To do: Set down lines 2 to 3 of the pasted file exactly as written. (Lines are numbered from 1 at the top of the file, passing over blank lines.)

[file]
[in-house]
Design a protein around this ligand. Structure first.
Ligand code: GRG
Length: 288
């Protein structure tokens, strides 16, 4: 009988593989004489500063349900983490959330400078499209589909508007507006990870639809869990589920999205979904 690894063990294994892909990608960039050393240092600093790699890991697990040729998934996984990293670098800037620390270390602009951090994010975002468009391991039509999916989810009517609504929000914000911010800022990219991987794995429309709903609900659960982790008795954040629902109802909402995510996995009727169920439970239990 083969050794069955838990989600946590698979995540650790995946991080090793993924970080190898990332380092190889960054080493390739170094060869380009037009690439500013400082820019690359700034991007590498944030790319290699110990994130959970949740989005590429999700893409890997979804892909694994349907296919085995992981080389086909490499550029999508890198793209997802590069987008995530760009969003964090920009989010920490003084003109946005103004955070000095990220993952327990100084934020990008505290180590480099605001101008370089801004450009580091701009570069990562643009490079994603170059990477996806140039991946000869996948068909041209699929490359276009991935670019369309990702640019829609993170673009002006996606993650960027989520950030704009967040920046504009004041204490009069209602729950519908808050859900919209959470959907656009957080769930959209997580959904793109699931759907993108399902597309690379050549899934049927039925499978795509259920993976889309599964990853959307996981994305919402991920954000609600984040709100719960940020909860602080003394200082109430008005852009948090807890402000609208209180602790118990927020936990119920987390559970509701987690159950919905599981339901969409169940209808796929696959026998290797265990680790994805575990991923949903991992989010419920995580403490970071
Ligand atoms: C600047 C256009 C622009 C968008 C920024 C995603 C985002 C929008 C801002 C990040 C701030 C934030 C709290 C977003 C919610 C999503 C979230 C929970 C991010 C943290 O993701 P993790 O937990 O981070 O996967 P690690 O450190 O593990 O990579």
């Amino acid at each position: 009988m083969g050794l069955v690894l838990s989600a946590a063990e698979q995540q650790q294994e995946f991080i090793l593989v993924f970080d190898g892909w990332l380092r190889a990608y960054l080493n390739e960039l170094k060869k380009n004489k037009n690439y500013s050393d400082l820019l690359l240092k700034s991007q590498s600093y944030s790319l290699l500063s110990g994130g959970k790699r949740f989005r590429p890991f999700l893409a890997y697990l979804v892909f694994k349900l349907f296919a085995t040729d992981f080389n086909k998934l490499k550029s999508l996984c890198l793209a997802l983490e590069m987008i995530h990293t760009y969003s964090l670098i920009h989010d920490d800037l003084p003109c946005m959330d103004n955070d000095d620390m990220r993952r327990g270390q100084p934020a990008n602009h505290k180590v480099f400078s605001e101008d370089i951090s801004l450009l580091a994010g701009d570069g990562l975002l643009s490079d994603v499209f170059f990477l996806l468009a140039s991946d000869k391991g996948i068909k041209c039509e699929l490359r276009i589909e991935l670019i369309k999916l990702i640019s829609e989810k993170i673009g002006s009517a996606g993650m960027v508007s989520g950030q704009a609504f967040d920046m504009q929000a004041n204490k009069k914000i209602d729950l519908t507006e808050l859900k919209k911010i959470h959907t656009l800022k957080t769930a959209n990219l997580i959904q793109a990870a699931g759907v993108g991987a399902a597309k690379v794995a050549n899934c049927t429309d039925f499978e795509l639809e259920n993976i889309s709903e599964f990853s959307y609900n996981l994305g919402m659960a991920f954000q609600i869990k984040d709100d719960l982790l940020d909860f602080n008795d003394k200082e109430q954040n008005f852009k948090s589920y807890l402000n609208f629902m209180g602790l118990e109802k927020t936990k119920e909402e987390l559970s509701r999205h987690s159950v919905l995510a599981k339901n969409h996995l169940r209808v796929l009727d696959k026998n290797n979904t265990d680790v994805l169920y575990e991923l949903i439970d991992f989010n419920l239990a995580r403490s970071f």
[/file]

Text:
Design a protein around this ligand. Structure first.
Ligand code: GRG